As for now... I find I am not sitting because I find it truly useless. All the crap I used to bring to the cushion with me is gone, so for now I am not going to the cushion at all. I suspect this will pass eventually and I will find my way back. But it will be very different once I do.

I wouldn't expect anyone here to be taking any notes from me on how to practice. Good Lord. Even if I grow up to become a great sage--and not just another crazy recluse--the path I will have walked to get there would hardly be universally recommended to all. I've got to work my own shit out, as everyone else here does.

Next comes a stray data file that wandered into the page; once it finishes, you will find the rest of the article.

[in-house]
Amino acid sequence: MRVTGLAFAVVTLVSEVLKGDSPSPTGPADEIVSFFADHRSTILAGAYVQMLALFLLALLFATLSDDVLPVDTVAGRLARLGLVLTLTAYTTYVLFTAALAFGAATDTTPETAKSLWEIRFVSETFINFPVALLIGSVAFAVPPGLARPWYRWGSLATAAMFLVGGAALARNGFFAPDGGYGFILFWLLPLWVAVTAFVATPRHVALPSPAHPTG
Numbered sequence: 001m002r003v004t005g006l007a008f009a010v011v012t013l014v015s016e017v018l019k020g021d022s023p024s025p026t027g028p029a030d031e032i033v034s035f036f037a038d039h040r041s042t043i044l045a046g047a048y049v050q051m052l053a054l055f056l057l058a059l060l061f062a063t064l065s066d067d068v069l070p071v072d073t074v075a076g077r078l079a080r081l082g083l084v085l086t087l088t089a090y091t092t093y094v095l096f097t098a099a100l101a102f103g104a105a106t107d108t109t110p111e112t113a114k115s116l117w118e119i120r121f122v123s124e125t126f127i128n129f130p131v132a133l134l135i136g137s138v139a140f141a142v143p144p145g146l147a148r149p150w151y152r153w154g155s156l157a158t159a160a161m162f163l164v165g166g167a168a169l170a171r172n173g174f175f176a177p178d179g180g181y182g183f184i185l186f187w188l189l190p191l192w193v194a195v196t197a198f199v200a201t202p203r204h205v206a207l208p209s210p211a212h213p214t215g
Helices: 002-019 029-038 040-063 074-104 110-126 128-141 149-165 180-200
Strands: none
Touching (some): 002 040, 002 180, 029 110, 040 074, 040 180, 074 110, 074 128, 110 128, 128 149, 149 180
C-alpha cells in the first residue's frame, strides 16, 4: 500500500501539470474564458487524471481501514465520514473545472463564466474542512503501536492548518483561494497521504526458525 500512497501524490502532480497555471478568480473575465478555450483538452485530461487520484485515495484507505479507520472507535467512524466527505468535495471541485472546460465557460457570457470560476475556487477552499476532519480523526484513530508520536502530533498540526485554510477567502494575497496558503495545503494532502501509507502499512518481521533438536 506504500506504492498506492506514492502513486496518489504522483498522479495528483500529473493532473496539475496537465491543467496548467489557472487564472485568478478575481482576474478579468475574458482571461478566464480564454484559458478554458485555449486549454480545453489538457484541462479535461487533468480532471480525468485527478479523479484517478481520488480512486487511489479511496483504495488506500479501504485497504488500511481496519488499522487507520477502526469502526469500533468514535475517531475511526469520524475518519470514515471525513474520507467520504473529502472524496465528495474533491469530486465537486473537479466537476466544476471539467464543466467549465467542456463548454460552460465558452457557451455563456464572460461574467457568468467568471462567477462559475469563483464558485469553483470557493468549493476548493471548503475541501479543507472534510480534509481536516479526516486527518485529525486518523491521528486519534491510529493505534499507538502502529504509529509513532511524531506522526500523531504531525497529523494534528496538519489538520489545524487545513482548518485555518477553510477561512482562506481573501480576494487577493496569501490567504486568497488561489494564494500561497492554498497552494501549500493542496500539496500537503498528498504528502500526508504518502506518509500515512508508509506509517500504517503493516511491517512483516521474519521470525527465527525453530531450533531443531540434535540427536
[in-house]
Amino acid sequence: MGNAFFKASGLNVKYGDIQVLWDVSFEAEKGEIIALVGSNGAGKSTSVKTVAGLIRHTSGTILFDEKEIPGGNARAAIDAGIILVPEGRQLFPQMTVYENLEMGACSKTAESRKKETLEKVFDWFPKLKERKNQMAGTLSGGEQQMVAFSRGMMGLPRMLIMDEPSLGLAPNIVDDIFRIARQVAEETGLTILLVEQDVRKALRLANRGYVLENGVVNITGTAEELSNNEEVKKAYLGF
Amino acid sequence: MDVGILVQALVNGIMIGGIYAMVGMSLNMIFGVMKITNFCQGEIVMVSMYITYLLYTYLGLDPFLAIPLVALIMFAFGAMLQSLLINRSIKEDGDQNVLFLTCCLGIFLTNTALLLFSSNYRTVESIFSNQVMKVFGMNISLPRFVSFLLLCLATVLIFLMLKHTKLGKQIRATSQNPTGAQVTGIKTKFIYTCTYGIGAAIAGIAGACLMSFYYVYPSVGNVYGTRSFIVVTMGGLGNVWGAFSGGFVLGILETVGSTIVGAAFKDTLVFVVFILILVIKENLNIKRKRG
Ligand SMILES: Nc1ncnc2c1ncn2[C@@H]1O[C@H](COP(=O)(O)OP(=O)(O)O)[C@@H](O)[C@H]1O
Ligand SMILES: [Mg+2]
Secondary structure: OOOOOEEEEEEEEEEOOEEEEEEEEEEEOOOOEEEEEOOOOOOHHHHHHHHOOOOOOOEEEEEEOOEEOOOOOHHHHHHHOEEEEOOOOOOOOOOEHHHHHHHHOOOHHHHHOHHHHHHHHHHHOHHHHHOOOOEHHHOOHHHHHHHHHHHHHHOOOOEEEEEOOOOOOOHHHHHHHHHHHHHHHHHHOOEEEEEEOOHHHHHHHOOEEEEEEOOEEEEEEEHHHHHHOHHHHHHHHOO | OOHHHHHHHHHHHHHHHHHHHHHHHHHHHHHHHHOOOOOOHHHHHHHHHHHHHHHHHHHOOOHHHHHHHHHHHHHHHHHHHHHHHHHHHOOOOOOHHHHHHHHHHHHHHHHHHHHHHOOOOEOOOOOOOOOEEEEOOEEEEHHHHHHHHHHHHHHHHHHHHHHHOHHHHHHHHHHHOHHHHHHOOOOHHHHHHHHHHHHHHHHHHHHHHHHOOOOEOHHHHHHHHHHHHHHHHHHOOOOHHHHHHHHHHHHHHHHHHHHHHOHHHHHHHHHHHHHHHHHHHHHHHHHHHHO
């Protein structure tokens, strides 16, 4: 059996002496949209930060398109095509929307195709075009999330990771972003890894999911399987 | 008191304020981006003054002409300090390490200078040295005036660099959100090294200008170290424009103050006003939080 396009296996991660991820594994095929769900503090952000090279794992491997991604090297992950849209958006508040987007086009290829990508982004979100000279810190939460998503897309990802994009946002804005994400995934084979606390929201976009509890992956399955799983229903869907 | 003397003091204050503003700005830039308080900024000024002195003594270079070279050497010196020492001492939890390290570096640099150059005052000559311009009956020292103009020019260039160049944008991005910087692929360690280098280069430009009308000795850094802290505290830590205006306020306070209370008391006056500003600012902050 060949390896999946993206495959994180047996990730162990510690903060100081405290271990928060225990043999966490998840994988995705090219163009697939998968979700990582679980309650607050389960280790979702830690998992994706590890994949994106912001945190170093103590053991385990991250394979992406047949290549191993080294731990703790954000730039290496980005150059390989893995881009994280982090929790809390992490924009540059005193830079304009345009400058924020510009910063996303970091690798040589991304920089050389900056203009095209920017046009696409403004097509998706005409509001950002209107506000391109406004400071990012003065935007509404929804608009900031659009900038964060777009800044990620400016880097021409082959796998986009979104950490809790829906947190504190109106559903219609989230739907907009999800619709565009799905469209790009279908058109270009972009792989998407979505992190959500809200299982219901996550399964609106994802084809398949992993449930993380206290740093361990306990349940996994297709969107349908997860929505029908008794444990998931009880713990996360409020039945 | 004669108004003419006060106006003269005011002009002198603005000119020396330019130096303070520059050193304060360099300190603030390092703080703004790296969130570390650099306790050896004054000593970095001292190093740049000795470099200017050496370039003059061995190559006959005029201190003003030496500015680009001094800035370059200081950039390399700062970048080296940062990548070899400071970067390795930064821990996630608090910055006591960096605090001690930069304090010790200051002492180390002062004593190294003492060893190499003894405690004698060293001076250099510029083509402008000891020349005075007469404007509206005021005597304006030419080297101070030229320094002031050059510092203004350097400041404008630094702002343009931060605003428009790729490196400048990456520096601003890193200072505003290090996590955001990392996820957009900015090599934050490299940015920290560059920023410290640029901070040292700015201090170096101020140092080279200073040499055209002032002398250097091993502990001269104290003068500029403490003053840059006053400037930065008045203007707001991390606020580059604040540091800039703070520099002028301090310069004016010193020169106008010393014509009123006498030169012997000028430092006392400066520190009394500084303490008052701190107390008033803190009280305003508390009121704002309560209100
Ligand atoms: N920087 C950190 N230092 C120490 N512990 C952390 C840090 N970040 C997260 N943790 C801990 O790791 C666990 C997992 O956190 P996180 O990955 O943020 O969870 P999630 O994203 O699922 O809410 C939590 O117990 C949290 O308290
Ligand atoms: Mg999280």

And Anon@9:28AM: What nonsense you talk! My life continues to get on with itself whatever I think about it or not.

Hey-nonny-nonny-mouse said...

OK Mysti -

"...we had an ongoing 'in context' thread here where I had no need to restate the various nuances of your nebulous snipes".

Well, you got me there. WTF does that mean??

Yes, there are alternative "original" texts. The disparity between ANY of those texts (wtf has pali got to do with it?), whether in Sanskrit, chinese, Japanese or English, of whatever era, does not explain Gudo's translation, as thus far published on his blog. Are you telling me that you can discern more than the most tenuous of connections? [You haven't told me yet whether you've been given access to the final draft]. If so, please give me your analysis of Gudo's tranlation of the pdf excerpt you linked - verses 11-20 of chapter 17. Or any other passage. But I suspect - from previous mistakes you've made on this blog - that you have very little sanskrit yourself. So that won't be happening.